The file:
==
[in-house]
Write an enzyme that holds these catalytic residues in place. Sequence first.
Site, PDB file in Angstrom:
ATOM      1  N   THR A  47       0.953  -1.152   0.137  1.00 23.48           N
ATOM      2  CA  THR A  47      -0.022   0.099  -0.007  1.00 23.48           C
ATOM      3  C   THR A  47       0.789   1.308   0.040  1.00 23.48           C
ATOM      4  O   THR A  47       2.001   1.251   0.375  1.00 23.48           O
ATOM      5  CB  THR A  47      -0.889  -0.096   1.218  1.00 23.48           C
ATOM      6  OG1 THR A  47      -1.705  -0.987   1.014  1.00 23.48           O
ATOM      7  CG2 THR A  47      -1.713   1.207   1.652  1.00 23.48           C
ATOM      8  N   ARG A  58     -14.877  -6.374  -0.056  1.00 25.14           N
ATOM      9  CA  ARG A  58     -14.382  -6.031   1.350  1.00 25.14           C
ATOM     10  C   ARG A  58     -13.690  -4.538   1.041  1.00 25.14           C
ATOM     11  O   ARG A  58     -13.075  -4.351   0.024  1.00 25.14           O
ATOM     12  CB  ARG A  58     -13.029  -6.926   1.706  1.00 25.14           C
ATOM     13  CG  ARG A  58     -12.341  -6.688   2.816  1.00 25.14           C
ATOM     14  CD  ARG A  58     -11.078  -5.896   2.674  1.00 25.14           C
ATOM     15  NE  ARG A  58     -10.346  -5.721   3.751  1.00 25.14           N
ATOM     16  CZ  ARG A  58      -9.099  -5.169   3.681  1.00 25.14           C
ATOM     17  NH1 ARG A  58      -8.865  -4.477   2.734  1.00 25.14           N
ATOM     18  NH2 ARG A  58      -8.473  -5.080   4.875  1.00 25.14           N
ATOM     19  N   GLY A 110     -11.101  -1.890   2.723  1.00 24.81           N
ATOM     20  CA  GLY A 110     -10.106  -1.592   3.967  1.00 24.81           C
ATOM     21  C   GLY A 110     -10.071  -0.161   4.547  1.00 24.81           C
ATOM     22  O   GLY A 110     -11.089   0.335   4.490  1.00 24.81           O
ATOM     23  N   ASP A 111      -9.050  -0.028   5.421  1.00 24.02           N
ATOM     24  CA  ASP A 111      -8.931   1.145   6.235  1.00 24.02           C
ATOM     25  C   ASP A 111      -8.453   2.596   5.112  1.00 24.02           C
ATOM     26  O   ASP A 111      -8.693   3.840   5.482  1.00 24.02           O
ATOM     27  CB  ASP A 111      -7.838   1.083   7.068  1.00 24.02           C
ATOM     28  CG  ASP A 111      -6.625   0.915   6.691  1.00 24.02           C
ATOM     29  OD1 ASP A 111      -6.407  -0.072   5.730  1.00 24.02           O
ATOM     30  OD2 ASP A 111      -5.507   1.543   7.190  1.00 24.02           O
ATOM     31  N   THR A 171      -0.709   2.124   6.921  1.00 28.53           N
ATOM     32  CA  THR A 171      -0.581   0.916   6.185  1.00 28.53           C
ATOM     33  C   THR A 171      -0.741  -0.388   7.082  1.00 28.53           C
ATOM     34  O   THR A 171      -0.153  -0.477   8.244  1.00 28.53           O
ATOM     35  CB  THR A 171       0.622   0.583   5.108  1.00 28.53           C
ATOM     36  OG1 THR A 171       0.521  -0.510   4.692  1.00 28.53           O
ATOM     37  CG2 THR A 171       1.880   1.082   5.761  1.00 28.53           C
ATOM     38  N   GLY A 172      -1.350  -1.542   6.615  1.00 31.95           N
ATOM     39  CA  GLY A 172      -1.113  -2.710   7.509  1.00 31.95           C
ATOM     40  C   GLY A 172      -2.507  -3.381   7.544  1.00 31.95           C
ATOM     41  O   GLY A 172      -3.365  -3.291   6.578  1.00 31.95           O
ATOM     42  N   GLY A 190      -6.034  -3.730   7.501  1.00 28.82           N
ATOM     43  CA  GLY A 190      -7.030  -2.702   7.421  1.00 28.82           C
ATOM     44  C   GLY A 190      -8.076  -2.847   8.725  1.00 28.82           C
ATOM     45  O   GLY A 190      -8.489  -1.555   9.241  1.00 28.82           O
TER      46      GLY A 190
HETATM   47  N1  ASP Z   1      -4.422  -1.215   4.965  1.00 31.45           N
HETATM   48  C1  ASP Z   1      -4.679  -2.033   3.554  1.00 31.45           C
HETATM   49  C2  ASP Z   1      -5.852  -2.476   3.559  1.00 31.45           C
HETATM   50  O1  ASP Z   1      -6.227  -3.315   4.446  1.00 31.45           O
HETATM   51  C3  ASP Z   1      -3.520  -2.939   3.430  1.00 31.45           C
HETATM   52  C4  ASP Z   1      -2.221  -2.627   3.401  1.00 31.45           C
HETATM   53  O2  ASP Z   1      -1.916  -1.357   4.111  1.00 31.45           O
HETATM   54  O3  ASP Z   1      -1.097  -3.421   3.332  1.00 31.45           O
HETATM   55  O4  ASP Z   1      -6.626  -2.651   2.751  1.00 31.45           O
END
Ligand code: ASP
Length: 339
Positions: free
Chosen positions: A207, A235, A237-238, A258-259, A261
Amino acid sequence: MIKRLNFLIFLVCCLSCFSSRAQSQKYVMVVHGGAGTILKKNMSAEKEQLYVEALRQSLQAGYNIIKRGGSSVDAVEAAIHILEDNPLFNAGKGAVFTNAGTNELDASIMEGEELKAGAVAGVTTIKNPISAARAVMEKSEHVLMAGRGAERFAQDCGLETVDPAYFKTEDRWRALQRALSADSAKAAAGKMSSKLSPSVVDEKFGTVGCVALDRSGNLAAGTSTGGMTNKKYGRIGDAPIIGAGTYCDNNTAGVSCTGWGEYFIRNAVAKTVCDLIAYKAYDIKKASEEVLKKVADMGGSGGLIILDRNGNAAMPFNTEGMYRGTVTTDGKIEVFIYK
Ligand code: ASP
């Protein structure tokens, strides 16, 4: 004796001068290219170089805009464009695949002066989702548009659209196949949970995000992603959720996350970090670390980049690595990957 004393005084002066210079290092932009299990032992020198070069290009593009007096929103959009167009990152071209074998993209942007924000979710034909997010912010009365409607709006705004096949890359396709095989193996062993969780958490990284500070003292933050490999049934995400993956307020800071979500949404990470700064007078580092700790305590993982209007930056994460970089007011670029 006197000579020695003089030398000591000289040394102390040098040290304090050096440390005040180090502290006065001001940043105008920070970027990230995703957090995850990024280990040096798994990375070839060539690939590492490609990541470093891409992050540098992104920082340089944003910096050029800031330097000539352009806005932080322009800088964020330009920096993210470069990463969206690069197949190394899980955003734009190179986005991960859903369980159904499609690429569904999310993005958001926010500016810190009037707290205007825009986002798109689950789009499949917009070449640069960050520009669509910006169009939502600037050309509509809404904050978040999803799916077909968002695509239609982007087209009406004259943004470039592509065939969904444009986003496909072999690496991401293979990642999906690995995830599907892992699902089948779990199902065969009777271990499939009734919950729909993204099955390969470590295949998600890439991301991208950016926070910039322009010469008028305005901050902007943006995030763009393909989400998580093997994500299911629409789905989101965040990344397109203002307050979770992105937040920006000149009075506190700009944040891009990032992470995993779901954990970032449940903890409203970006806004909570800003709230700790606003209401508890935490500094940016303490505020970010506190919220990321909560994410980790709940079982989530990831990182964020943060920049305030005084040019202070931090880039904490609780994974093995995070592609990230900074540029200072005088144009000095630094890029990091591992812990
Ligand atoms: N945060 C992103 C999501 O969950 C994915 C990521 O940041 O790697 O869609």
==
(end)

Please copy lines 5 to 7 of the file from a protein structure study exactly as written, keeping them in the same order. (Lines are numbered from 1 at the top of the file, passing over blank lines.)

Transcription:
ATOM      2  CA  THR A  47      -0.022   0.099  -0.007  1.00 23.48           C
ATOM      3  C   THR A  47       0.789   1.308   0.040  1.00 23.48           C
ATOM      4  O   THR A  47       2.001   1.251   0.375  1.00 23.48           O